‘Volunteers’ need volunteers

chrissycsmith July 31, 2013 Comments Off on ‘Volunteers’ need volunteers
‘Volunteers’ need volunteers

By KEVIN CHIRI
Tammany West news

MANDEVILLE – The volunteers could use more volunteers.
When locals hear the name “Volunteers of America,” it’s easy to assume, “they must have a lot of volunteers.”
But the Volunteers of America organization on the North Shore is reaching a dire situation with a need for volunteers.
That is partially due to the fact VOA continues to be the coordinating group to provide volunteers for approximately 30 St. Tammany Parish non-profits, not to mention utilizing volunteers for nearly a dozen of their own in-house programs.

“For over 100 years, VOA has had a mission to help those in need,” Development Manager Caitlin Scanlan said. “But we now partner with over 30 non-profits in the area and help them have enough volunteers, not to mention heading up our own programs. We really need more volunteers.”
Volunteers of America is a crucial part of so many well-known organizations on the North Shore. They provide some of the help for groups like Habitat for Humanity, the Covington Food Bank, American Red Cross, the Samaritan Center, Senior Medicare Patrol, Operation We Care and much more.
But besides helping staff nearly 30 community and civic groups in the parish, they have a host of their own programs that need volunteers as well.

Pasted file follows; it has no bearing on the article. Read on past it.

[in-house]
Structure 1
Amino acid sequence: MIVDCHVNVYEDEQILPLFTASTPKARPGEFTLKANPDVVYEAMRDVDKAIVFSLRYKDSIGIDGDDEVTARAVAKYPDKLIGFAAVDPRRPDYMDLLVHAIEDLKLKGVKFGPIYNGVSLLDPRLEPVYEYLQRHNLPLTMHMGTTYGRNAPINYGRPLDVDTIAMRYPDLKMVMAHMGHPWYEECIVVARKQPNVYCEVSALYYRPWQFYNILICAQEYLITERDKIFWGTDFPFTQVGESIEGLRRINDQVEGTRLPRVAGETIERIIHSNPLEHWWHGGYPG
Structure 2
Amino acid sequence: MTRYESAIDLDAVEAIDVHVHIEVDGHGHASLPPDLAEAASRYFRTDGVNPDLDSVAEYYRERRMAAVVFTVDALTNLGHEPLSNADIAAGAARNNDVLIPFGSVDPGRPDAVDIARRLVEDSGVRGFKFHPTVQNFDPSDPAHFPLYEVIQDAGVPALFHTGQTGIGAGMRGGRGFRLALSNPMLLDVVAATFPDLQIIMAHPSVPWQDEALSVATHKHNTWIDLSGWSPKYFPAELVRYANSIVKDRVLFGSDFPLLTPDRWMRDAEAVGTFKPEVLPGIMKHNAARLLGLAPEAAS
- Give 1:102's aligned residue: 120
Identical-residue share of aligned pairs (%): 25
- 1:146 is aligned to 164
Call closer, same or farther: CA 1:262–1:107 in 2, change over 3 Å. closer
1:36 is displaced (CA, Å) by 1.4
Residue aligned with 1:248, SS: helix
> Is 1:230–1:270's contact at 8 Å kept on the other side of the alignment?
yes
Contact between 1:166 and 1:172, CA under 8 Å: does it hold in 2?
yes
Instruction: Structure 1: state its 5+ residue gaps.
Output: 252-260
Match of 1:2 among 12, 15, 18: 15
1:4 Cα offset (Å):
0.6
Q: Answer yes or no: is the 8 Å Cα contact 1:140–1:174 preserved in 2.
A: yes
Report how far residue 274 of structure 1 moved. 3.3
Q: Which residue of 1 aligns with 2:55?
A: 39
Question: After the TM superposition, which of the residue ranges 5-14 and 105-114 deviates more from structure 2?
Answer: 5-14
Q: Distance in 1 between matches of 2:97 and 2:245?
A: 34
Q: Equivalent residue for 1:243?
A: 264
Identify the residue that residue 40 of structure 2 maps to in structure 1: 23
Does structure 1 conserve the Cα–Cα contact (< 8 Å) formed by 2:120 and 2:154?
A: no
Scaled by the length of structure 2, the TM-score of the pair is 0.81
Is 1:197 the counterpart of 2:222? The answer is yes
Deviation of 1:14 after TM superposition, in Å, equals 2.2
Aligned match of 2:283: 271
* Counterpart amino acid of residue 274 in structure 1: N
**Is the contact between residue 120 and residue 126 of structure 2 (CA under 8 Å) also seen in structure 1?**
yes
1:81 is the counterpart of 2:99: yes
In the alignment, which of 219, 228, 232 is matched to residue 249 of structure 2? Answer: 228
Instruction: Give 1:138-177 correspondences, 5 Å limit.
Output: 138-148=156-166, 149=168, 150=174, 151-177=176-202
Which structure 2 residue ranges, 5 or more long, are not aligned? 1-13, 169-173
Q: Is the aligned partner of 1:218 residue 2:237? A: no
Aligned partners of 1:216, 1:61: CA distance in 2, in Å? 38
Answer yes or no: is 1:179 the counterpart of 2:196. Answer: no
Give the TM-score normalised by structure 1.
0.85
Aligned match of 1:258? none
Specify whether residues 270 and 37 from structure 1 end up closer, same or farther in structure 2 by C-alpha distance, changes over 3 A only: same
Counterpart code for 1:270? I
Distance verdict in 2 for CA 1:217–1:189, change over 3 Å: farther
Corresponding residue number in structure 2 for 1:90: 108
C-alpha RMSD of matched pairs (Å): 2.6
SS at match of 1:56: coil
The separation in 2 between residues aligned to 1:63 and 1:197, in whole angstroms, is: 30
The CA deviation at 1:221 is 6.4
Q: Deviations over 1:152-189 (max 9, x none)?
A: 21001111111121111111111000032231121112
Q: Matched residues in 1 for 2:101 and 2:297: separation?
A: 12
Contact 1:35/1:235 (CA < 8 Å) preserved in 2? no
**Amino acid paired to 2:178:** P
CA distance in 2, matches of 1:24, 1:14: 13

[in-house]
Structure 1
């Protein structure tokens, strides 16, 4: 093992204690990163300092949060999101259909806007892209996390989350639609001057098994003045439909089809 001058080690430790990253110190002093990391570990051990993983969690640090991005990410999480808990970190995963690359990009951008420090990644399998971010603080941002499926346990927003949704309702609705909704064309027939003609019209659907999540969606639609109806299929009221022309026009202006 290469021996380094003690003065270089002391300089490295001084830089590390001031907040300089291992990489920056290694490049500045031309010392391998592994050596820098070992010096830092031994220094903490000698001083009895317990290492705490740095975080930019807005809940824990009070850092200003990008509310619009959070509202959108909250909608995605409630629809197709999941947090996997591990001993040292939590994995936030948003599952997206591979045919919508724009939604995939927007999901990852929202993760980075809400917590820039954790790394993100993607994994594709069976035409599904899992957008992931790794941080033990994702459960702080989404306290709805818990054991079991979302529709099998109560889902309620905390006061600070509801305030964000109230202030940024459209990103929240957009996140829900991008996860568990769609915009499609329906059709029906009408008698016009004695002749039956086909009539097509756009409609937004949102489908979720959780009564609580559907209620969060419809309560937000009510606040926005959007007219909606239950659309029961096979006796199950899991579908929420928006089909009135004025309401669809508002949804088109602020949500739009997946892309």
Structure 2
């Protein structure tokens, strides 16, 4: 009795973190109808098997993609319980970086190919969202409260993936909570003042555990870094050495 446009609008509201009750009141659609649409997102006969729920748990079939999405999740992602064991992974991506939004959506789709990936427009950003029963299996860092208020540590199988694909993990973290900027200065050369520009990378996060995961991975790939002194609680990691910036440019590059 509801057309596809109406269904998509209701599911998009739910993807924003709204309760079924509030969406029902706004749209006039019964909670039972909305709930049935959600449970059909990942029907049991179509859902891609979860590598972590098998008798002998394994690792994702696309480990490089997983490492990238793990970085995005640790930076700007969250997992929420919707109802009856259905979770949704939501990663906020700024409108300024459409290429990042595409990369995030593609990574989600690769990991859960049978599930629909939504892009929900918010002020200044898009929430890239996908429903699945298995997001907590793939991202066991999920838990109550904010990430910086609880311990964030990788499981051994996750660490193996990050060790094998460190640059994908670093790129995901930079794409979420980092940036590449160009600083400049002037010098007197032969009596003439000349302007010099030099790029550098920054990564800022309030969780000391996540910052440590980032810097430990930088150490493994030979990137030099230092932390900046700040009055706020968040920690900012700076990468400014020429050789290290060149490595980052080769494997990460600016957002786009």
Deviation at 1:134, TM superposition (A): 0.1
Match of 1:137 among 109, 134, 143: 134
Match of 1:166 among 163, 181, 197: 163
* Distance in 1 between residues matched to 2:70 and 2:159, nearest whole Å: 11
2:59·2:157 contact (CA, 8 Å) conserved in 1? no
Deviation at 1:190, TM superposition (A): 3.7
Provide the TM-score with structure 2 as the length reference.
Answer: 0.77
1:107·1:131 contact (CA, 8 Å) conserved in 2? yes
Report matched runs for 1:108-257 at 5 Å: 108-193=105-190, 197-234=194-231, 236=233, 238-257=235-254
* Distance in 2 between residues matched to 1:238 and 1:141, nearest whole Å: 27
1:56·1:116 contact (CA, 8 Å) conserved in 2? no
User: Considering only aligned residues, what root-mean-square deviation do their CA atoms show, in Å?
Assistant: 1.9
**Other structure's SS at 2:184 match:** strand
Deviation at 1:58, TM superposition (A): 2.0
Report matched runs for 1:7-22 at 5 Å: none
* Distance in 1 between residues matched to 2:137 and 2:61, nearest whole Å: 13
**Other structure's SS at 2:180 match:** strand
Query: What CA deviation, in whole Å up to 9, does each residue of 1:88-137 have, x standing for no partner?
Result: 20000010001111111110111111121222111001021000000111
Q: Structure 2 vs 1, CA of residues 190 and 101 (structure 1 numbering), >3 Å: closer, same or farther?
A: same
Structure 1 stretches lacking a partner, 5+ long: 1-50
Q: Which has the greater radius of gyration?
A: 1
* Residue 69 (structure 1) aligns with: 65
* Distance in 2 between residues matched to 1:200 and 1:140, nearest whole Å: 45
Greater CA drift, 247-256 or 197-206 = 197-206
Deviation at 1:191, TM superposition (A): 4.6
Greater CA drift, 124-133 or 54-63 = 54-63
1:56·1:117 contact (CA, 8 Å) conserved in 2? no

One of the in-house departments for VOA is Faith in Action, an interfaith care-giving initiative that provides assistance and support to the elderly and is headed by VOA Assistant Director Dee Wild, a North Shore resident who has given her life to serving others.
“I love what I do here, but to be a volunteer, you need a heart to serve others and that is what we are looking for,” she said.
“There is such a great need for individuals to assist our elderly population,” she said. “And you can do it in any number of ways, big or little, with some of our volunteers simply making a phone call every now and then to check on one of our seniors. It can mean so much to them when someone calls to talk to them.”
Wild said the Faith in Action program is down to only 15 volunteers, yet they get calls every day from seniors in the parish who need help. One of the biggest needs is for volunteers to drive seniors to appointments, the grocery store, or to errands they cannot handle alone anymore.
“Our goal in this program is really about trying to help seniors stay independent in their homes, so a car ride from someone to the store or doctor’s office can mean so much,” Wild explained. “But there are so many who need assistance and we simply need more volunteers.”
Wild said that something as simple as going to a doctor’s appointment can take on an entirely new meaning when an individual comes to help.
“Rather than taking a taxi, or being dropped off by someone—which then might require extra hours to wait for the ride to pick them up—it means the world to one of our seniors when someone comes to the house, picks them up, goes to the appointment with them, and waits for them to finish before they are taken home,” she said.
“The beauty of this, and so many other volunteer opportunities like this with seniors, is that a relationship is started for the senior when they chat on the way to the appointment or after it’s over. The senior gets something out of it, but so does the volunteer,” she said.